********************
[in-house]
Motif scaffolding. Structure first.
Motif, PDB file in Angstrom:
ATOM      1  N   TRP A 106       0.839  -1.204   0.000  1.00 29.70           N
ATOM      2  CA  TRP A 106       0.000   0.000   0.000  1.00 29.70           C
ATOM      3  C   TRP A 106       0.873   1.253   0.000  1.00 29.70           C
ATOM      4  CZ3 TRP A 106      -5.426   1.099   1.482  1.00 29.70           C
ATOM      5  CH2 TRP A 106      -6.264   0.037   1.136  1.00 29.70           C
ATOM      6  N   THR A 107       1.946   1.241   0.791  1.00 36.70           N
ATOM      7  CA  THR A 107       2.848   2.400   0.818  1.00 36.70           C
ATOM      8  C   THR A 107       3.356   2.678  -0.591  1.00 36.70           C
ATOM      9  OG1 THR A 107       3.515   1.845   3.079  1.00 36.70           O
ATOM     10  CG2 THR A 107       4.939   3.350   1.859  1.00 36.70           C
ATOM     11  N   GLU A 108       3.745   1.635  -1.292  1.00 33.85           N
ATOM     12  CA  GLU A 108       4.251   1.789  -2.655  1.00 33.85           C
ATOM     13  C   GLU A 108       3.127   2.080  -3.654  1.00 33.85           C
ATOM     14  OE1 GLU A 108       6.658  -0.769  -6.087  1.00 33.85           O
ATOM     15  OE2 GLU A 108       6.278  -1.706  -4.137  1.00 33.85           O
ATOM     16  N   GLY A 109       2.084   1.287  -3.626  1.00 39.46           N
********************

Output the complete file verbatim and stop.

[in-house]
Motif scaffolding. Structure first.
Motif, PDB file in Angstrom:
ATOM      1  N   TRP A 106       0.839  -1.204   0.000  1.00 29.70           N
ATOM      2  CA  TRP A 106       0.000   0.000   0.000  1.00 29.70           C
ATOM      3  C   TRP A 106       0.873   1.253   0.000  1.00 29.70           C
ATOM      4  CZ3 TRP A 106      -5.426   1.099   1.482  1.00 29.70           C
ATOM      5  CH2 TRP A 106      -6.264   0.037   1.136  1.00 29.70           C
ATOM      6  N   THR A 107       1.946   1.241   0.791  1.00 36.70           N
ATOM      7  CA  THR A 107       2.848   2.400   0.818  1.00 36.70           C
ATOM      8  C   THR A 107       3.356   2.678  -0.591  1.00 36.70           C
ATOM      9  OG1 THR A 107       3.515   1.845   3.079  1.00 36.70           O
ATOM     10  CG2 THR A 107       4.939   3.350   1.859  1.00 36.70           C
ATOM     11  N   GLU A 108       3.745   1.635  -1.292  1.00 33.85           N
ATOM     12  CA  GLU A 108       4.251   1.789  -2.655  1.00 33.85           C
ATOM     13  C   GLU A 108       3.127   2.080  -3.654  1.00 33.85           C
ATOM     14  OE1 GLU A 108       6.658  -0.769  -6.087  1.00 33.85           O
ATOM     15  OE2 GLU A 108       6.278  -1.706  -4.137  1.00 33.85           O
ATOM     16  N   GLY A 109       2.084   1.287  -3.626  1.00 39.46           N